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Neurocognitive Function in Patients Undergoing Coronary Artery Bypass Graft Surgery With Cardiopulmonary Bypass: The Effect of Two Different Rewarming Strategies

Published:September 25, 2008DOI:https://doi.org/10.1053/j.jvca.2008.07.010

      Objective

      Hypothermia followed by rewarming during cardiopulmonary bypass can lead to cerebral hyperthermia, which has been implicated as 1 of the causes for postoperative deterioration in neurocognitive function in patients undergoing coronary revascularization. Hence, the authors studied the effects of 2 different rewarming strategies on postoperative neurocognitive function in adult patients undergoing coronary artery bypass graft surgery with the aid of cardiopulmonary bypass.

      Design

      This was a randomized clinical trial.

      Setting

      A cardiothoracic center of a tertiary level referral, teaching hospital.

      Participants

      A total of 80 adult patients aged 45 to 70 years undergoing elective primary isolated coronary artery bypass graft surgery with cardiopulmonary bypass under moderate hypothermia at 30°C were included in this study.

      Interventions

      The patients were randomly allocated into 2 groups of 40 each. In group A, patients were rewarmed to a nasopharyngeal temperature of 37°C; whereas, in group B, patients were rewarmed to a nasopharyngeal temperature of 33°C before weaning off bypass. The anesthetic and bypass management were standardized for both groups.

      Measurements

      All patients were assessed for neurocognitive function preoperatively and on the fifth postoperative day using the Post Graduate Institute Memory Scale. The amount of blood loss and need for blood and blood product transfusion postoperatively, the need for pacing, increased inotrope or vasodilator use, and time to extubation were also noted. Serum S100β levels were measured after anesthetic induction and at 24 hours postoperatively. The jugular venous oxygen saturation and oxygen tension were noted at 30°C and at the end of full rewarming (ie, at 37°C or 33°C, respectively, in the 2 groups).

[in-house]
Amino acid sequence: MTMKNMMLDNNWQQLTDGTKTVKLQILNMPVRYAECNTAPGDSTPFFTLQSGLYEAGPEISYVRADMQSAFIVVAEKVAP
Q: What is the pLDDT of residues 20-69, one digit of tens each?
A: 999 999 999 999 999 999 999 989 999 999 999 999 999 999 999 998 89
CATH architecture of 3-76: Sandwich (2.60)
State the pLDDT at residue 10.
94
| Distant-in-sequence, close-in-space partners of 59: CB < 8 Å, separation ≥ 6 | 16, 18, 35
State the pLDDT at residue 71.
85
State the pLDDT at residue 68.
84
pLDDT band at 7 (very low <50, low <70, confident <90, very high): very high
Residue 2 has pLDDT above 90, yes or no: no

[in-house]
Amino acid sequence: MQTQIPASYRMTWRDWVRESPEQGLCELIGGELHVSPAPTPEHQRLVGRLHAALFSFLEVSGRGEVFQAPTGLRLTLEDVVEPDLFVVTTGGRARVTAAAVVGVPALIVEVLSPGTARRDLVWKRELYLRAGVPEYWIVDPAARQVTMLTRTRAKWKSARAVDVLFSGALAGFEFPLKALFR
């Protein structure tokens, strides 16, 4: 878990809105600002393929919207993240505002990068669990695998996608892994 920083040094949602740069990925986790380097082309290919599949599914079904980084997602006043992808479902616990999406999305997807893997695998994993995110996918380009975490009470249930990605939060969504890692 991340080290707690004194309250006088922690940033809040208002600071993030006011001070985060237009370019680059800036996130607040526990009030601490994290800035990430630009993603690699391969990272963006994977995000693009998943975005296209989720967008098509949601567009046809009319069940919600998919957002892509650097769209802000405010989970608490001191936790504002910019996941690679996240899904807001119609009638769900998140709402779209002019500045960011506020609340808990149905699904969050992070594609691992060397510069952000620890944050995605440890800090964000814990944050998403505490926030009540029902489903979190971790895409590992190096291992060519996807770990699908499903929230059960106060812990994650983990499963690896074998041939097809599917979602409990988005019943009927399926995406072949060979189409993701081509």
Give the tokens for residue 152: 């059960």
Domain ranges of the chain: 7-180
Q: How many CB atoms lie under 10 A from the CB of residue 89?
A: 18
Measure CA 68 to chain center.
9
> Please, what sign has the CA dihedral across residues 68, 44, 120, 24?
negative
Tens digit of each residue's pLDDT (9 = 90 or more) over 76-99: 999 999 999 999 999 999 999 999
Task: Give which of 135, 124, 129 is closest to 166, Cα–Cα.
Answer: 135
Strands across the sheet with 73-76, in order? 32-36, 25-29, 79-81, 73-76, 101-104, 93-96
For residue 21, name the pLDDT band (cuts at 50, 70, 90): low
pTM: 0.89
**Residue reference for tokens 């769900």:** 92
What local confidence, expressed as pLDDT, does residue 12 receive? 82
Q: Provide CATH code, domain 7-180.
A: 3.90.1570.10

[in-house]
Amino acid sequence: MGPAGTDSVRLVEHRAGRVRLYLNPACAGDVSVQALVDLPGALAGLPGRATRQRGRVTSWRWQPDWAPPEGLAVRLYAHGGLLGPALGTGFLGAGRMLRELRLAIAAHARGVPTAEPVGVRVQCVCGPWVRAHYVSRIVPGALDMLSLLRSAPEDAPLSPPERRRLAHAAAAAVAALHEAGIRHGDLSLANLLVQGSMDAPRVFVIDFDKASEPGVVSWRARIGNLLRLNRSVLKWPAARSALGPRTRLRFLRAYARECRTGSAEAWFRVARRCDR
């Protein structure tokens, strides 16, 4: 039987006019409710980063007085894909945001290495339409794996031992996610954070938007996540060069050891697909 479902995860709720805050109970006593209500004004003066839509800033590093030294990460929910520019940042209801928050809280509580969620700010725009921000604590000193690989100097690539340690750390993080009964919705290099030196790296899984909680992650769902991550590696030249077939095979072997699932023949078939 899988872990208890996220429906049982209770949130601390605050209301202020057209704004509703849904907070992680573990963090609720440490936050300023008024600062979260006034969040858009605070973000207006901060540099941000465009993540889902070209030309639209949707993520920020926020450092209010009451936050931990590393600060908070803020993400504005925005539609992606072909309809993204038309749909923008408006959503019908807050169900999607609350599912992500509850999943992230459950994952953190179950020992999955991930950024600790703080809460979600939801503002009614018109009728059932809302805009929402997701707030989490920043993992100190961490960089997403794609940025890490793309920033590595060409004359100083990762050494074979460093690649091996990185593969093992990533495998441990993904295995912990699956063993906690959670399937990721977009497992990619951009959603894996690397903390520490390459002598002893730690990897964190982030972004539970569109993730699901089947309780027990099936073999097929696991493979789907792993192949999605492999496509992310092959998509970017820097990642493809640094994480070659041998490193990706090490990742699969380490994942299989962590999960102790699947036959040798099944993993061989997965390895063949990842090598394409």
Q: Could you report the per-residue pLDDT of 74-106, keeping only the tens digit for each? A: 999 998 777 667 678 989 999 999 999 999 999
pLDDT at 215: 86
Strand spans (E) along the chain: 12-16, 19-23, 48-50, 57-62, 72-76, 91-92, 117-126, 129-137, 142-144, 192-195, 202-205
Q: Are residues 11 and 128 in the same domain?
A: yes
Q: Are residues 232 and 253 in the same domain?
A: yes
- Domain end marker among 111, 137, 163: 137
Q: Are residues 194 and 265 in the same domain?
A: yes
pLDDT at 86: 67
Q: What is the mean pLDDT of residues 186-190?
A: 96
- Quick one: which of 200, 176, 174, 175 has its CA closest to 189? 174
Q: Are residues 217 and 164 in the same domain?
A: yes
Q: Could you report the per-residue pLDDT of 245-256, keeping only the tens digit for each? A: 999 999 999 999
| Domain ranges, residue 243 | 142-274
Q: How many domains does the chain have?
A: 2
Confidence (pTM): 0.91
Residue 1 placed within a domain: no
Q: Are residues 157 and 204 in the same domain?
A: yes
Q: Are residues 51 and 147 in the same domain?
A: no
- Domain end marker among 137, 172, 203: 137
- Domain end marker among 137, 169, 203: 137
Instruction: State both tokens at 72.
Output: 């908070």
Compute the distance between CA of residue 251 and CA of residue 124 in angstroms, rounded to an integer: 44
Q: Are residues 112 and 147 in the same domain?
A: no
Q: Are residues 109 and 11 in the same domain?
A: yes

Results

      There was a significant deterioration in neurocognitive function postoperatively as compared with preoperative function in patients of group A (37°C). This was associated with higher S100β levels 24 hours postoperatively in group A (37°C) compared with group B (33°C) patients. Also, there was a significant decrease in jugular venous oxygen saturation in group A (37°C) as compared with group B (33°C) at the end of rewarming. The time to extubation was longer in group B (33°C). No significant differences were noted in the amount of postoperative blood loss, blood and blood product use, inotrope or vasodilator use, and the need for pacing.

      Conclusion

      Weaning from CPB at 33°C may be a simple and useful strategy to lower the postoperative impairment of neurocognitive function and may be used as a tool to decrease morbidity after coronary revascularization.

      Key Words

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      Linked Article

      • Temperature Management During Cardiopulmonary Bypass
        Journal of Cardiothoracic and Vascular AnesthesiaVol. 24Issue 2
        • Preview
          The recent article by Sahu et al1 assessed 2 temperature management strategies and neurocognitive function in 80 adult coronary artery bypass patients undergoing moderately hypothermic (30°C) cardiopulmonary bypass (CPB). Forty patients in 1 group were rewarmed to a nasopharyngeal (NP) temperature of 37°C before weaning from CPB, and 40 in a second group were rewarmed to 33°C. The authors hypothesized that the risk of cerebral hyperthermia would be reduced or avoided in patients in the second group weaned from CPB at the lower target NP temperature.
        • Full-Text
        • PDF
      • Assessment of Neurocognitive Function and Neuroprotective Strategies in Cardiac Surgery
        Journal of Cardiothoracic and Vascular AnesthesiaVol. 24Issue 3
        • Preview
          We read with interest the article published by Sahu et al1 in which the authors report the findings of 2 different rewarming strategies in patients undergoing coronary artery bypass graft (CABG) surgery with cardiopulmonary bypass (CPB). The authors conclude that weaning from CPB at a nasopharyngeal temperature of 33°C (v 37°C) followed by passive rewarming in the intensive care unit (ICU) may be a useful strategy to lower postoperative neurocognitive dysfunction and to decrease morbidity.
        • Full-Text
        • PDF